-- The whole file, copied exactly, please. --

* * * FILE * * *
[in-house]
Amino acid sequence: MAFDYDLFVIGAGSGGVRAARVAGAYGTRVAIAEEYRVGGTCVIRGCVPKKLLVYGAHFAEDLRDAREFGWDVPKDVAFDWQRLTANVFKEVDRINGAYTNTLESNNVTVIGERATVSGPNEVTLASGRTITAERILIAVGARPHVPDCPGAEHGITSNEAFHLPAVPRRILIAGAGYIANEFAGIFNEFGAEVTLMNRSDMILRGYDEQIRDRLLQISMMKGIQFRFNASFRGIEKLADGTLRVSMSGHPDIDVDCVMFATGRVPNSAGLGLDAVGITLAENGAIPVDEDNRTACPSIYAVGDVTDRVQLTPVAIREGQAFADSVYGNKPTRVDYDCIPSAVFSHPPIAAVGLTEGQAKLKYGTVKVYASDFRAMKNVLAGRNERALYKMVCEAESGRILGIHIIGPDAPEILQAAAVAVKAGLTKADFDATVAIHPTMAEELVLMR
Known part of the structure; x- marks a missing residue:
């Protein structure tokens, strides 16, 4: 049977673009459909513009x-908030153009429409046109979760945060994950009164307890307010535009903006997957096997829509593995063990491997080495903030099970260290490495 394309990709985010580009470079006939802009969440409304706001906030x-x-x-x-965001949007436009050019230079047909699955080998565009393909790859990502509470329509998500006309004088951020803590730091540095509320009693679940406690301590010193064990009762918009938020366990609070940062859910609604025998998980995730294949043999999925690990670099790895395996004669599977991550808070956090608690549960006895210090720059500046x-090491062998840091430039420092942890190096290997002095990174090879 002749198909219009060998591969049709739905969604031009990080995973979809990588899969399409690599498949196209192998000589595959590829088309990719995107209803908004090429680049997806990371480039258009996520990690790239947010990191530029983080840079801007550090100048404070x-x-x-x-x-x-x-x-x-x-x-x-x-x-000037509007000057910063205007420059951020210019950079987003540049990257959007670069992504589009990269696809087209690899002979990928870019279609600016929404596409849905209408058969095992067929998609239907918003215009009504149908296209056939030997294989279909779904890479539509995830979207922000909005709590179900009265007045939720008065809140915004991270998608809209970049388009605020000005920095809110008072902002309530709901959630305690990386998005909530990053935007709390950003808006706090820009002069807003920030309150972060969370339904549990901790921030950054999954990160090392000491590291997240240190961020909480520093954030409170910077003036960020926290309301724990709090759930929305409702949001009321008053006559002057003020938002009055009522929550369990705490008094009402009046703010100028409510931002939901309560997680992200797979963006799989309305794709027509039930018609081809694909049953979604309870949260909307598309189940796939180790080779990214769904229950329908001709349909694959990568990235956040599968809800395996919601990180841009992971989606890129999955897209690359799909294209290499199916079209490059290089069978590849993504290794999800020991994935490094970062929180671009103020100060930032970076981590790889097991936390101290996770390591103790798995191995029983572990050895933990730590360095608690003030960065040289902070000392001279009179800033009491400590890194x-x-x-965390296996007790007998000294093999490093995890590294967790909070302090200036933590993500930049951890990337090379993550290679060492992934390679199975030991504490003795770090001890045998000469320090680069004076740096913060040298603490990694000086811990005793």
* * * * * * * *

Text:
[in-house]
Amino acid sequence: MAFDYDLFVIGAGSGGVRAARVAGAYGTRVAIAEEYRVGGTCVIRGCVPKKLLVYGAHFAEDLRDAREFGWDVPKDVAFDWQRLTANVFKEVDRINGAYTNTLESNNVTVIGERATVSGPNEVTLASGRTITAERILIAVGARPHVPDCPGAEHGITSNEAFHLPAVPRRILIAGAGYIANEFAGIFNEFGAEVTLMNRSDMILRGYDEQIRDRLLQISMMKGIQFRFNASFRGIEKLADGTLRVSMSGHPDIDVDCVMFATGRVPNSAGLGLDAVGITLAENGAIPVDEDNRTACPSIYAVGDVTDRVQLTPVAIREGQAFADSVYGNKPTRVDYDCIPSAVFSHPPIAAVGLTEGQAKLKYGTVKVYASDFRAMKNVLAGRNERALYKMVCEAESGRILGIHIIGPDAPEILQAAAVAVKAGLTKADFDATVAIHPTMAEELVLMR
Known part of the structure; x- marks a missing residue:
């Protein structure tokens, strides 16, 4: 049977673009459909513009x-908030153009429409046109979760945060994950009164307890307010535009903006997957096997829509593995063990491997080495903030099970260290490495 394309990709985010580009470079006939802009969440409304706001906030x-x-x-x-965001949007436009050019230079047909699955080998565009393909790859990502509470329509998500006309004088951020803590730091540095509320009693679940406690301590010193064990009762918009938020366990609070940062859910609604025998998980995730294949043999999925690990670099790895395996004669599977991550808070956090608690549960006895210090720059500046x-090491062998840091430039420092942890190096290997002095990174090879 002749198909219009060998591969049709739905969604031009990080995973979809990588899969399409690599498949196209192998000589595959590829088309990719995107209803908004090429680049997806990371480039258009996520990690790239947010990191530029983080840079801007550090100048404070x-x-x-x-x-x-x-x-x-x-x-x-x-x-000037509007000057910063205007420059951020210019950079987003540049990257959007670069992504589009990269696809087209690899002979990928870019279609600016929404596409849905209408058969095992067929998609239907918003215009009504149908296209056939030997294989279909779904890479539509995830979207922000909005709590179900009265007045939720008065809140915004991270998608809209970049388009605020000005920095809110008072902002309530709901959630305690990386998005909530990053935007709390950003808006706090820009002069807003920030309150972060969370339904549990901790921030950054999954990160090392000491590291997240240190961020909480520093954030409170910077003036960020926290309301724990709090759930929305409702949001009321008053006559002057003020938002009055009522929550369990705490008094009402009046703010100028409510931002939901309560997680992200797979963006799989309305794709027509039930018609081809694909049953979604309870949260909307598309189940796939180790080779990214769904229950329908001709349909694959990568990235956040599968809800395996919601990180841009992971989606890129999955897209690359799909294209290499199916079209490059290089069978590849993504290794999800020991994935490094970062929180671009103020100060930032970076981590790889097991936390101290996770390591103790798995191995029983572990050895933990730590360095608690003030960065040289902070000392001279009179800033009491400590890194x-x-x-965390296996007790007998000294093999490093995890590294967790909070302090200036933590993500930049951890990337090379993550290679060492992934390679199975030991504490003795770090001890045998000469320090680069004076740096913060040298603490990694000086811990005793």